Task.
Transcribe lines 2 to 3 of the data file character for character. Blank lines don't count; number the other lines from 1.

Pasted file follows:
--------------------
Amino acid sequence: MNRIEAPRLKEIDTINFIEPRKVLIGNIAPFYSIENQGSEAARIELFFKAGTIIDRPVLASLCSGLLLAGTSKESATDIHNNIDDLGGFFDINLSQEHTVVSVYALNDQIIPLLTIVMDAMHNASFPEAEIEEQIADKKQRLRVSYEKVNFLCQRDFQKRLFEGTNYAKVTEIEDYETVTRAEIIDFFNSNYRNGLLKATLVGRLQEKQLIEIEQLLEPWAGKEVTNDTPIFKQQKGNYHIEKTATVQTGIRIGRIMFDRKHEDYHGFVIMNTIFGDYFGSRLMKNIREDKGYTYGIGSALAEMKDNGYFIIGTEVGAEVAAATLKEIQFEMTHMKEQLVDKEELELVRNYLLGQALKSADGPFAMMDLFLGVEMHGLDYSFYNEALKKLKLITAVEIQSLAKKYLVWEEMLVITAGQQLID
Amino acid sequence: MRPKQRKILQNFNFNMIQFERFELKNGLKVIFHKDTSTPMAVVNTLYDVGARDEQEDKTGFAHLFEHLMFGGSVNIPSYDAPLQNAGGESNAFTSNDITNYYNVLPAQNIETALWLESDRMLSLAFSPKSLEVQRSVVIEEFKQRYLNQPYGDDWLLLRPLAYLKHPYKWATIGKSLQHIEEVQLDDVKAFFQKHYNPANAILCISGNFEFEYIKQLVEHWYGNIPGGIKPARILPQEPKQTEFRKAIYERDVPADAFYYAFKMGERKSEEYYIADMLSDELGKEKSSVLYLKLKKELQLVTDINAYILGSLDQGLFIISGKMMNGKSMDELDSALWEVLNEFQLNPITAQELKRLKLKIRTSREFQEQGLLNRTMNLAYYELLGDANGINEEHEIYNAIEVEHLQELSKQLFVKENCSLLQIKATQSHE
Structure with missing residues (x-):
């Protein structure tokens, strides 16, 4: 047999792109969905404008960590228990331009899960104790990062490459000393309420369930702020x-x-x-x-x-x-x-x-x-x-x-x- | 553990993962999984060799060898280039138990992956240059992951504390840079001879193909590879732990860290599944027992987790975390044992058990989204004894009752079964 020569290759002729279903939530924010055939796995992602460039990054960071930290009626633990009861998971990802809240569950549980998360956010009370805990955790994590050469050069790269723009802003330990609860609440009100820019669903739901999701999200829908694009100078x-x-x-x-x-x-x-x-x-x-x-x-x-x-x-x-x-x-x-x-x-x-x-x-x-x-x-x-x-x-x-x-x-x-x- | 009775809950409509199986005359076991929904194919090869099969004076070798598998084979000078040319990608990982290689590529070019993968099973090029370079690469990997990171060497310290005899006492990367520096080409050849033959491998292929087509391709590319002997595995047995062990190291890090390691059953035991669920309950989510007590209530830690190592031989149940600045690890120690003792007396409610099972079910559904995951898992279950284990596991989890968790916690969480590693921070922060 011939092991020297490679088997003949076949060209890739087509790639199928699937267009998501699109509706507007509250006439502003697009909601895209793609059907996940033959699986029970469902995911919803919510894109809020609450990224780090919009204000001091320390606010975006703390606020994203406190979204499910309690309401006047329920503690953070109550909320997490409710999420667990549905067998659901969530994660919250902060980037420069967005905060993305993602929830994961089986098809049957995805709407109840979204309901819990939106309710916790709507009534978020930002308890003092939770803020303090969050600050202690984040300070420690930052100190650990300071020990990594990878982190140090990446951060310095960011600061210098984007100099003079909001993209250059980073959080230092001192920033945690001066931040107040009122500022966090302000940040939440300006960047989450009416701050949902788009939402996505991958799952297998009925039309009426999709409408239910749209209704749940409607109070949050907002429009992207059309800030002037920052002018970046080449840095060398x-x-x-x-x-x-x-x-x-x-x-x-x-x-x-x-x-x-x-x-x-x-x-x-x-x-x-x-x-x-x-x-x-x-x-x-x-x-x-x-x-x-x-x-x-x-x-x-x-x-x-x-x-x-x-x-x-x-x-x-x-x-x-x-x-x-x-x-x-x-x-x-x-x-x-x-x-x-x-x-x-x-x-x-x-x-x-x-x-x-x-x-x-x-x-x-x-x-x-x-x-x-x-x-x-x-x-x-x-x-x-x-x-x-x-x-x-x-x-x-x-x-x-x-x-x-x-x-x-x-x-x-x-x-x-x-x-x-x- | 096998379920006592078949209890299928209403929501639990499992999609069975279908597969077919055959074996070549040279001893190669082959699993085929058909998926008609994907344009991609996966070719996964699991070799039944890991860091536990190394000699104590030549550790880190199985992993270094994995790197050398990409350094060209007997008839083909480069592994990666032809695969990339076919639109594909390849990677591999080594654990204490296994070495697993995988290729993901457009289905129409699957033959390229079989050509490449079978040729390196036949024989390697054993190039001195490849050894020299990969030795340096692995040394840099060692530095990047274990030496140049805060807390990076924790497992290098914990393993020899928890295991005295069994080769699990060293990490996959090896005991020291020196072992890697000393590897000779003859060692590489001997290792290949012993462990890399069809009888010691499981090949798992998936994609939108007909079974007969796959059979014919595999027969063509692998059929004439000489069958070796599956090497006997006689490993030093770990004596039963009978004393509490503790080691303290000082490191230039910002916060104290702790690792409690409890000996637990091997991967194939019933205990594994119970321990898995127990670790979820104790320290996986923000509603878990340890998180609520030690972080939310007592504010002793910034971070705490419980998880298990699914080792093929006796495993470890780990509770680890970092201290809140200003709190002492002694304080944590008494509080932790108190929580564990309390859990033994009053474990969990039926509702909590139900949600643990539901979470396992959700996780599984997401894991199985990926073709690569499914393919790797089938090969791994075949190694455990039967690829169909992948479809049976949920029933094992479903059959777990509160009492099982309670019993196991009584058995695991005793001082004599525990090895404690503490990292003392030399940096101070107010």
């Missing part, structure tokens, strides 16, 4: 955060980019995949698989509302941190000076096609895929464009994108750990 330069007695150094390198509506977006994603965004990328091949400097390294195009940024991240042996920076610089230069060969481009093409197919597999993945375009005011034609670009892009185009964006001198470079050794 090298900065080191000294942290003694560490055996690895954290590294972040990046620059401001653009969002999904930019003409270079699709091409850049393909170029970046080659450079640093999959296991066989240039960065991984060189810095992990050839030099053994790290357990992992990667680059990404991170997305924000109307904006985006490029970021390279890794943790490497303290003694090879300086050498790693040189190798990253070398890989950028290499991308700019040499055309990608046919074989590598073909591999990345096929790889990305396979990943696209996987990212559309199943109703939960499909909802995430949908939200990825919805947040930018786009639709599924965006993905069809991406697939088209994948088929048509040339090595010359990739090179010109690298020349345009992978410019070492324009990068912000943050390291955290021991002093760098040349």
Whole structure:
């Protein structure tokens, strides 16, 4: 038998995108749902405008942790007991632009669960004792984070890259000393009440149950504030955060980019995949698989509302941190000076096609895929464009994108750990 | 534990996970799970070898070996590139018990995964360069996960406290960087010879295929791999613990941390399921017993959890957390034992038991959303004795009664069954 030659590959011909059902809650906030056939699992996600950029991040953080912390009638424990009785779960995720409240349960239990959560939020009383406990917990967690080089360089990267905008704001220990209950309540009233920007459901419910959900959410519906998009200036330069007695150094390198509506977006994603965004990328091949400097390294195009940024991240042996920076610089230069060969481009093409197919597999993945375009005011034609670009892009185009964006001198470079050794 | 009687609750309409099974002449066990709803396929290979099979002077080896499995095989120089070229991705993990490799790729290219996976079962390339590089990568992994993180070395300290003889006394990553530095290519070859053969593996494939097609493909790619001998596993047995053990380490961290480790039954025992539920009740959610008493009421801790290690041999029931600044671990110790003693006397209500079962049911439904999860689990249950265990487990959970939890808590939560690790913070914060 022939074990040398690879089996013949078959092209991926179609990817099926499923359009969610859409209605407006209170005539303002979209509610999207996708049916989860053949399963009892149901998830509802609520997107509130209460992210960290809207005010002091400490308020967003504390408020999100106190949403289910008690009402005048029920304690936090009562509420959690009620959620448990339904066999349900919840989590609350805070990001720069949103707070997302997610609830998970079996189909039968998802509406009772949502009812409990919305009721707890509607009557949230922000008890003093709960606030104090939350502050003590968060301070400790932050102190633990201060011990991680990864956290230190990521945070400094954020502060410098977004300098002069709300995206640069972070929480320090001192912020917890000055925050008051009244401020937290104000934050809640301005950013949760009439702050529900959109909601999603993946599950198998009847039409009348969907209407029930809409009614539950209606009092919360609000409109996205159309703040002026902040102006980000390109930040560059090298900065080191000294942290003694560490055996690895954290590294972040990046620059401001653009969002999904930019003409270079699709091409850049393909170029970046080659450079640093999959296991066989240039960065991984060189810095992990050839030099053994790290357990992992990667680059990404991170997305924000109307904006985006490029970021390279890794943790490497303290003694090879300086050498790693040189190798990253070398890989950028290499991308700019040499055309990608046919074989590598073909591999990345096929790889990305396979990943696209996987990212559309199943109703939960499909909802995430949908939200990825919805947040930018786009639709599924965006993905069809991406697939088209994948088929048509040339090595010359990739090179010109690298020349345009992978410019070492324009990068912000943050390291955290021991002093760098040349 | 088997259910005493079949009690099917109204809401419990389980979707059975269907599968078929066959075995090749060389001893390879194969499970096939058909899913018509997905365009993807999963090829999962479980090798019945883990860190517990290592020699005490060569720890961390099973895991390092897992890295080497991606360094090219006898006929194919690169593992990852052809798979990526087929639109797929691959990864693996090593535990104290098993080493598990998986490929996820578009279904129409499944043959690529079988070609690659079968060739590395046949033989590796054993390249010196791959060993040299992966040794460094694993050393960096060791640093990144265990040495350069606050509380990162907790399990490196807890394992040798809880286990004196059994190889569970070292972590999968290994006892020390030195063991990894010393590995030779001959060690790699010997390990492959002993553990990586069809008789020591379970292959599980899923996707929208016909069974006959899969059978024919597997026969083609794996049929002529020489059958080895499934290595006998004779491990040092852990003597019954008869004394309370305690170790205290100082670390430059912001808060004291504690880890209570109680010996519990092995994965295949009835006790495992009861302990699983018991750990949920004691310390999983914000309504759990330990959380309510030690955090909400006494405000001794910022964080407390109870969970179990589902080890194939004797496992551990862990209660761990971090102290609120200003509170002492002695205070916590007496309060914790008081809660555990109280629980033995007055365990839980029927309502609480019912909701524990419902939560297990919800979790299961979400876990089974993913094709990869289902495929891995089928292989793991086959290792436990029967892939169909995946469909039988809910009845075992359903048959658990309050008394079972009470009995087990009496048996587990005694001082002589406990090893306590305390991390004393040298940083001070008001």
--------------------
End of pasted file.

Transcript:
Amino acid sequence: MRPKQRKILQNFNFNMIQFERFELKNGLKVIFHKDTSTPMAVVNTLYDVGARDEQEDKTGFAHLFEHLMFGGSVNIPSYDAPLQNAGGESNAFTSNDITNYYNVLPAQNIETALWLESDRMLSLAFSPKSLEVQRSVVIEEFKQRYLNQPYGDDWLLLRPLAYLKHPYKWATIGKSLQHIEEVQLDDVKAFFQKHYNPANAILCISGNFEFEYIKQLVEHWYGNIPGGIKPARILPQEPKQTEFRKAIYERDVPADAFYYAFKMGERKSEEYYIADMLSDELGKEKSSVLYLKLKKELQLVTDINAYILGSLDQGLFIISGKMMNGKSMDELDSALWEVLNEFQLNPITAQELKRLKLKIRTSREFQEQGLLNRTMNLAYYELLGDANGINEEHEIYNAIEVEHLQELSKQLFVKENCSLLQIKATQSHE
Structure with missing residues (x-):